Sean O'Casey Biography, Life, Interesting Facts
Died On :
18 September 1964
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Born as John Casey in Dublin, Ireland on March 30, 1880, Sean O’Casey was the last of the children born to Michael and Susan Casey. He developed poor eyesight at an early age. He suffered from eyeball ulcers all through his life. His father died in 1886 when he was about six years.
The situation plunged the family into gradual poverty. They moved from one slum house to the other for lack of rent payment. Due to his frail eye condition, he delayed going to school until he reached thirteen years. At the behest of the local Irish cleric, Sean O'Casey started his literacy classes.
A year later, he dropped his studies for employment. Despite his health condition, O’Casey got a job as a laborer at the Irish Railways company. He spent most of his teenage years working as an ironmonger at the company. He learned the hardships of the Irish poor first hand at the company. He used the bitter life experiences of his childhood days in most of his later drama productions.
As a young man, O’Casey embraced the ideals of the rising wave of Irish nationalism against the British. He dropped his Anglicized name John Casey and adopted the Irish version Sean O’Casey to conform to his new identity. He learned and mastered the native Gaelic language of the Irish people. In 1906, he became a member of the political formation, Gaelic League.
Sean O'Casey derived his zeal for the movement from the poverty he grew and saw in his family and the hardships of laborers. He became a disciple of the Irish labor movement leader Jim Larkin.
He contributed to the labor movement as a columnist in the journal Irish Worker. When the ideology of the labor movement turned radical, O’Casey became part of the Irish Citizen Army.
The paramilitary outfit became the armed wing of the labor movement. In March 1914 he became the Secretary-General of the Citizen Army. He helped the movement formulate a legal constitution which governed all the individual affiliates within the movement. He resigned from the post in July of the same year.
Sean O’Casey became frustrated by the nationalist movement leaders for propagating ideas that differed from the labor movement. Whereas the labor movement became a socialist movement, the nationalist gravitated around democracy and capitalism. He left the nationalist ideals and stayed with the socialist labor movement. Gradually, the nationalists became more oppressive on the socialists in the labor movement.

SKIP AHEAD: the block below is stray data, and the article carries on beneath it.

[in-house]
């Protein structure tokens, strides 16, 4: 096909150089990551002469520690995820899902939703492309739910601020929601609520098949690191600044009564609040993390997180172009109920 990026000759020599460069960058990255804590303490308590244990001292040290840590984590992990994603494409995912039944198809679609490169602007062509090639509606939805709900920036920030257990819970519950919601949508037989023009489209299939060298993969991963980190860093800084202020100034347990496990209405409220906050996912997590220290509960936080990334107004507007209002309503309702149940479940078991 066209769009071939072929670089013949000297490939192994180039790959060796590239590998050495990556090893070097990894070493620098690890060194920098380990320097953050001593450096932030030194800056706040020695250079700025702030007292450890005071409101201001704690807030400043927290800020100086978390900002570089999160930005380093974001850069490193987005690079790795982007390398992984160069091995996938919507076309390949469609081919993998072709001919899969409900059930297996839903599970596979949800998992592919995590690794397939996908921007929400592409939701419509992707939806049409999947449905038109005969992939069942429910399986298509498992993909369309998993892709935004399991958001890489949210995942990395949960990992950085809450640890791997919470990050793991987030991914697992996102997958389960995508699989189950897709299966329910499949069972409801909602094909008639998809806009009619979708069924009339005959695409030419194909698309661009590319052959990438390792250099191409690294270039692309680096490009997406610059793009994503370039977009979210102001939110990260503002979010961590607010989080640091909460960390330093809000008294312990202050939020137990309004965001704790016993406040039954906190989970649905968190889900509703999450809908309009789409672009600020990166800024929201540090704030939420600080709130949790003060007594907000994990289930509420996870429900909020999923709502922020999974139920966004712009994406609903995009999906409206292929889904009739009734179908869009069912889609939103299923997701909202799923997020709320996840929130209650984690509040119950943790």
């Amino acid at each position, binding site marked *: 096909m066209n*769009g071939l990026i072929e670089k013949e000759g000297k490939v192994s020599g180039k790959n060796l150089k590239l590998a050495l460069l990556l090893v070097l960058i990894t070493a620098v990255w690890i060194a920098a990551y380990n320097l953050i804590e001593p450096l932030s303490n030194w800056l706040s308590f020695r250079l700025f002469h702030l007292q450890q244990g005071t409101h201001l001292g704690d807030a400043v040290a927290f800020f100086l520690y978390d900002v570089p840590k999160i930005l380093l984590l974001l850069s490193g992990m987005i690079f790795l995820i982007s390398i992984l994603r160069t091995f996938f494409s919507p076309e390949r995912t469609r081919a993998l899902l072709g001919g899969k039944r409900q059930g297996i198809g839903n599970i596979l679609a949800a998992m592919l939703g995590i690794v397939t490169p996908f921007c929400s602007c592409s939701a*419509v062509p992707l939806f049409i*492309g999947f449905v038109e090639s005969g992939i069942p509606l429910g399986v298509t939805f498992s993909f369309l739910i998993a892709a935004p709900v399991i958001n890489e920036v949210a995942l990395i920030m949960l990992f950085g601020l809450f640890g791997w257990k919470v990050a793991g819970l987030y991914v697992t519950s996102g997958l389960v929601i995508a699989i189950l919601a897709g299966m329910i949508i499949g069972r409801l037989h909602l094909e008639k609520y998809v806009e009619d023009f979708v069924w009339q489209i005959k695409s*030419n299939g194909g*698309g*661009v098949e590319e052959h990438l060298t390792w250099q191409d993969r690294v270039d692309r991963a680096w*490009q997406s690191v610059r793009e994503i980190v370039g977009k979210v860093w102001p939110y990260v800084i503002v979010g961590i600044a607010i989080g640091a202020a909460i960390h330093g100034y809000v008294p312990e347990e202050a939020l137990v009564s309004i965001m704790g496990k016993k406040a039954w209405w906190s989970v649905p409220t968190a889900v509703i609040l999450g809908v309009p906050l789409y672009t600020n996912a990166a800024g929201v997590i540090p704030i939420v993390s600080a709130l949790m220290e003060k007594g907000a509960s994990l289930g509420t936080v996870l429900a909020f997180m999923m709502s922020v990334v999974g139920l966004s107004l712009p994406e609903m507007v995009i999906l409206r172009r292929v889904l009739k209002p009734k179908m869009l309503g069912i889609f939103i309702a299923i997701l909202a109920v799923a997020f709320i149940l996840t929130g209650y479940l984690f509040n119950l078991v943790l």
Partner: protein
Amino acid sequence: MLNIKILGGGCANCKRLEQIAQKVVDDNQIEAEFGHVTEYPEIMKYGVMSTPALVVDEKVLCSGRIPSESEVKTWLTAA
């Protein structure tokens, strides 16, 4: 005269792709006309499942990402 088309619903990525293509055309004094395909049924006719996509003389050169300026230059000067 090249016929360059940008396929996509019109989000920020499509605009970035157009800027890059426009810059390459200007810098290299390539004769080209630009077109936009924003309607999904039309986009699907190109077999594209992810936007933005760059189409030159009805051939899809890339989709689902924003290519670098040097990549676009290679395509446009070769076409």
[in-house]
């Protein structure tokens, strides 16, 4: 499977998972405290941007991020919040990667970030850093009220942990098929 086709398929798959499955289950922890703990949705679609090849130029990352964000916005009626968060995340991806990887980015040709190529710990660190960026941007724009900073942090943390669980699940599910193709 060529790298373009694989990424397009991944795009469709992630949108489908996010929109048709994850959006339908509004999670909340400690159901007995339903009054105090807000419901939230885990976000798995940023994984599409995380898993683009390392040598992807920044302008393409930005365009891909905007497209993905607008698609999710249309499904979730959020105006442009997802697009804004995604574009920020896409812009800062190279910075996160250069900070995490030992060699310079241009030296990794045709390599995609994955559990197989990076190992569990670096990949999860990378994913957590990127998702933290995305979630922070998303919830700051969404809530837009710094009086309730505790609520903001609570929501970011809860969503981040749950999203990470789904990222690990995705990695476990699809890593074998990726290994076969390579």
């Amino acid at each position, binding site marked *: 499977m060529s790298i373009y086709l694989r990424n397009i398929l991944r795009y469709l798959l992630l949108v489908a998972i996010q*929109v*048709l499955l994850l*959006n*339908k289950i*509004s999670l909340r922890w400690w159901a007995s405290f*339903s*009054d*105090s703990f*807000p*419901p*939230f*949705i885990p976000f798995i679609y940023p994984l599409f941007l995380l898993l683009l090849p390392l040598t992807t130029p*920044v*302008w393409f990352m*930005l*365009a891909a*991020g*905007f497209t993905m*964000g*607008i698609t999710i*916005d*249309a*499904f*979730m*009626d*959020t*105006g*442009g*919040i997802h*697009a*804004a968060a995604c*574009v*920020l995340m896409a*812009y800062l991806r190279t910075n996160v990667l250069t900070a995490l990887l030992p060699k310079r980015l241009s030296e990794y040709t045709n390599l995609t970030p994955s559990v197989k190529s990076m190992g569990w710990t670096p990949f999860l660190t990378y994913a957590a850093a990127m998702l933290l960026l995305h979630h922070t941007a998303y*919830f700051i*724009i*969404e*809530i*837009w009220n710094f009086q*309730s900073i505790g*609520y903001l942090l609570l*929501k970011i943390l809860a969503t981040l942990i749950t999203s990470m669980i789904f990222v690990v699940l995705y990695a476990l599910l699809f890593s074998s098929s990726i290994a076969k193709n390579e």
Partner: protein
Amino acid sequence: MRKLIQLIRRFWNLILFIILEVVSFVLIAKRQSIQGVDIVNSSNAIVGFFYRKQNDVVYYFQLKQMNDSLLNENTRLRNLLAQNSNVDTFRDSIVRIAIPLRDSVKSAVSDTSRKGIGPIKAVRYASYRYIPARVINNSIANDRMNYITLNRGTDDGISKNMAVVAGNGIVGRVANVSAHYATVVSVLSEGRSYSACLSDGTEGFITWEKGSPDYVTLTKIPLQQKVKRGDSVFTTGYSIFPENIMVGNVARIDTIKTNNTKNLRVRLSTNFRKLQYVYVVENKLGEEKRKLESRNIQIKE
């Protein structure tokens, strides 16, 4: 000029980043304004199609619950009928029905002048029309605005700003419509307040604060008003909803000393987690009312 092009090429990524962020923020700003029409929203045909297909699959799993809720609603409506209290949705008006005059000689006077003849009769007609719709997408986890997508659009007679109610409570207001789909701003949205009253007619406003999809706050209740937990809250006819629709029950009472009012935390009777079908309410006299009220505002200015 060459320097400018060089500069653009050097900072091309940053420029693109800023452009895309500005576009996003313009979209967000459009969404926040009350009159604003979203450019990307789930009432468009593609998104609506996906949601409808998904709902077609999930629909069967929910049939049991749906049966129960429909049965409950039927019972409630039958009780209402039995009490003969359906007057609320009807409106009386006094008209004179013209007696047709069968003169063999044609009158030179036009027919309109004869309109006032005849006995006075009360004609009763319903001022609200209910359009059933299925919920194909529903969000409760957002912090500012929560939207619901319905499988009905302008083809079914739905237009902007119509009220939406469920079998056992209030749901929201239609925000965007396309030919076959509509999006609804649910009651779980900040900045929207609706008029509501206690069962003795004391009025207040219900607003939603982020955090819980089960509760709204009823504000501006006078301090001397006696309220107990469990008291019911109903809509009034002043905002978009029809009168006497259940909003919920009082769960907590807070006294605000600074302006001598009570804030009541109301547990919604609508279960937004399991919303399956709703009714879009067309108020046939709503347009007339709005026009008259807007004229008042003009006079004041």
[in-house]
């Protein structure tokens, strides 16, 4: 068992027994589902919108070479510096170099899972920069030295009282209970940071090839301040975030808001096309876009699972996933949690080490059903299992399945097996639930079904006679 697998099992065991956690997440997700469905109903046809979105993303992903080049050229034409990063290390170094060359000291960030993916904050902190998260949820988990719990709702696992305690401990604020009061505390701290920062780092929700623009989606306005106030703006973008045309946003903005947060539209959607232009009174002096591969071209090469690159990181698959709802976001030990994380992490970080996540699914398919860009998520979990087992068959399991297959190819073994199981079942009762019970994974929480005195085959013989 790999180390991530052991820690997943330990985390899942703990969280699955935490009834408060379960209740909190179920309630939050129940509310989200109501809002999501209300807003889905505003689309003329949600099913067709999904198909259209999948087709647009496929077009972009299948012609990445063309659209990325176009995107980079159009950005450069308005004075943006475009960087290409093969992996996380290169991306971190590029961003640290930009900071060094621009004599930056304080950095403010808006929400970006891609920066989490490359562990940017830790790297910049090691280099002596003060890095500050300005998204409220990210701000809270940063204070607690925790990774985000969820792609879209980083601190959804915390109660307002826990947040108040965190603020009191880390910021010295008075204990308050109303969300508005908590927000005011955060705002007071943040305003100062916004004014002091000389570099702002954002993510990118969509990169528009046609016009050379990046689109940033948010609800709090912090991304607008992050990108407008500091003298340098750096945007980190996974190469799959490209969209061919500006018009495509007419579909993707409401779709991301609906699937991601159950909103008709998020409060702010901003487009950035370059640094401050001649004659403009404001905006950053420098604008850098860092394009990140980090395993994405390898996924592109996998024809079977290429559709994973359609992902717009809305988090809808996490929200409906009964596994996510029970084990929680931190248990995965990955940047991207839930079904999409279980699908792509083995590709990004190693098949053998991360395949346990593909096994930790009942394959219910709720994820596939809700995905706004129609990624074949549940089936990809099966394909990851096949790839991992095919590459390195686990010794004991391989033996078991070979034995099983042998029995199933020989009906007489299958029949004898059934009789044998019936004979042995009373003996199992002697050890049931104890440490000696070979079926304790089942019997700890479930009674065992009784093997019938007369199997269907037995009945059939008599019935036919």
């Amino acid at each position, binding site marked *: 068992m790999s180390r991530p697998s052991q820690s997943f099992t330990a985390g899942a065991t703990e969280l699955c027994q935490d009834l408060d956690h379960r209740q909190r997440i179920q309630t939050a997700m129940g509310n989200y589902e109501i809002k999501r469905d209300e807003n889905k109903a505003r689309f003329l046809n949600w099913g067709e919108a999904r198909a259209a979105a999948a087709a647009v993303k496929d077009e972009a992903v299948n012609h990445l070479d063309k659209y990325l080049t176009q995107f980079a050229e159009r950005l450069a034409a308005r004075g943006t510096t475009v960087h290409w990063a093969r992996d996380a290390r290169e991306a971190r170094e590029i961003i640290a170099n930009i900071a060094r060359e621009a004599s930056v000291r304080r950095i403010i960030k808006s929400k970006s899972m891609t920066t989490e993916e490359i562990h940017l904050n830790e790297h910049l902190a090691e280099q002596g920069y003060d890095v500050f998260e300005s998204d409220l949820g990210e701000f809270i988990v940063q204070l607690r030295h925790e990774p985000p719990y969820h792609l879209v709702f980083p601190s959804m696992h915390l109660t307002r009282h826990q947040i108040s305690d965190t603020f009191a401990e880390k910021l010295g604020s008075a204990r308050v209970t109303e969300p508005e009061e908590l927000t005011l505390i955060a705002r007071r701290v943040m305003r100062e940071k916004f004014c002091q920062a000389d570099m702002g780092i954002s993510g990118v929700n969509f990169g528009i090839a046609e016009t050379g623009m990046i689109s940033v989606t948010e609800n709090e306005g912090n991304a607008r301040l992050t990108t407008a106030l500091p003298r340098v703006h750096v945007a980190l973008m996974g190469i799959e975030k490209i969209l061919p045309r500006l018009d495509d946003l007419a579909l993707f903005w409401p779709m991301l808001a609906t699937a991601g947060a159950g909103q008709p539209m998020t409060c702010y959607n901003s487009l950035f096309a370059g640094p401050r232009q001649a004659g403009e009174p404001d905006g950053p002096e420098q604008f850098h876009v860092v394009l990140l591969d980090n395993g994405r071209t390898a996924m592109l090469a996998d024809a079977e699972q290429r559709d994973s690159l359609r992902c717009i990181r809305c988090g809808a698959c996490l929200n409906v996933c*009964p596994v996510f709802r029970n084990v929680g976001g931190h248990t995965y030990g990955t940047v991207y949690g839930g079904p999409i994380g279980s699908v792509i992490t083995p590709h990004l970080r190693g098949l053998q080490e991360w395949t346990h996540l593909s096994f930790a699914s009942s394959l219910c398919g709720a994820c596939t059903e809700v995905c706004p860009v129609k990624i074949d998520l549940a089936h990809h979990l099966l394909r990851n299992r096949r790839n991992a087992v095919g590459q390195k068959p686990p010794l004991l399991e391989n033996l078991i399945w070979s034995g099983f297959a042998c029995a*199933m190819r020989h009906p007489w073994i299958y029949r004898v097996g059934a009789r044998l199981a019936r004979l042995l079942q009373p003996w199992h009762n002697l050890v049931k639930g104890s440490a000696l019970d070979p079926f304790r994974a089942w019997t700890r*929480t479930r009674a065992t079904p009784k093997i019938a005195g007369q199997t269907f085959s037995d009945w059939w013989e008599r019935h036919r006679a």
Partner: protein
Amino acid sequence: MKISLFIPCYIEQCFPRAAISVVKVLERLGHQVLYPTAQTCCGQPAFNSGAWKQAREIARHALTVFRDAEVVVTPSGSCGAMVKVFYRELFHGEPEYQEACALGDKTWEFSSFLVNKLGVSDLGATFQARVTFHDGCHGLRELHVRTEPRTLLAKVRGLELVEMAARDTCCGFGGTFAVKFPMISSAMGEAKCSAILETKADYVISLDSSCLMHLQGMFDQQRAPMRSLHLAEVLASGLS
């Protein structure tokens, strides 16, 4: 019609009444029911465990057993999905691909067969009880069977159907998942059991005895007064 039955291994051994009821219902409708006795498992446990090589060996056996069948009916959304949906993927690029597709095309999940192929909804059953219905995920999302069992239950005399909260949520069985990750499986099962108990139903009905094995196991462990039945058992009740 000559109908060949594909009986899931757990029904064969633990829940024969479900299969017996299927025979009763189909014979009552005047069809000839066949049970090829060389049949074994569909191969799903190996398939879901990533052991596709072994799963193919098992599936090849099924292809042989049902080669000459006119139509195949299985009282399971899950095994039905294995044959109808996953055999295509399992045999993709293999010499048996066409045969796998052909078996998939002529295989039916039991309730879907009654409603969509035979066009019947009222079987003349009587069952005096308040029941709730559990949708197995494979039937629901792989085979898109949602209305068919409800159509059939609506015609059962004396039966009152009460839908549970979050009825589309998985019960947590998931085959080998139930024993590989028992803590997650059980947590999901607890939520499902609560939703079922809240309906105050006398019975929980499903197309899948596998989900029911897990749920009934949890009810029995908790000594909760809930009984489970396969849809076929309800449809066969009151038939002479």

In 1916, the Irish Citizen Army led a revolt against the British in Dublin. O’Casey stayed away from the armed campaign. Disgusted by the nationalist politicians, he left the politics of the day and went to drama.
Sean O'Casey suffered a tragic start on his career. Many of his early plays got rejected by the Abbey Theater in Dublin. He got his breakthrough in 1923. He got his first accepted play The Shadow of a Gunman showcased at the theater. The play serialized the Irish struggles for independence from the British. O’Casey portrayed the zeal of the Irish Republican Army in its quest to wrestle the British colonial occupiers from Dublin.
He wrote his second play for the Abbey Theater in 1924 titled Juno and the Payback. He cast the set in the days of the Irish civil war. He exposed the ill effects of the conflict between the Irish political elite on the poor working families in Ireland.
Sean did his third play The Plough and the Stars. He cast the set in the backdrop of the 1916 Irish revolt better known as the Easter Rising. O’Casey depicted an anti-war theme in the play. The Irish nationalist rioted in Dublin against the play. They claimed the play was derogatory to the lives and struggles of the Irish nationalist heroes.
Fearing the Irish nationalist, Sean O’Casey left Dublin for London in 1926. He settled in London and 1929, and he wrote the play, Silver Tassie. He did another play in 1934 called Within the Gates. In 1940, he produced a political anti-fascist drama The Star Turns Red. He revisited his old days as a laborer in the 1946 drama Red Roses for Me. He set the cast in the 1911 Dublin during the Irish railway workers strike. He brought to the British public in London the hardships that the Irish endured during the labor revolutions in Dublin.
O’Casey did other plays during his self-imposed exile in London. Notable plays include the 1949 production Cock-a-Doodle Dandy, The Bishop’s Bonfire done in 1955 and the 1961 play The Drums of Father Ned.
In his writing, Sean O’Casey concentrated in exposing the hardships of the Dublin slums he grew in. Almost all his plays centered on the issue of poverty, and the industrial struggles of the exploited workers. In some plays, he opened up the space to include the nationalist agenda, but still included its effect on the poor.
Sean O’Casey died in Torquay, England on September 18, 1964, aged 84. He left behind his widow Eileen and two of his three children.
His original work and personal letters are displayed in libraries in Britain, Ireland and the US. In Dublin, the footbridge on the Liffey River is named after him.
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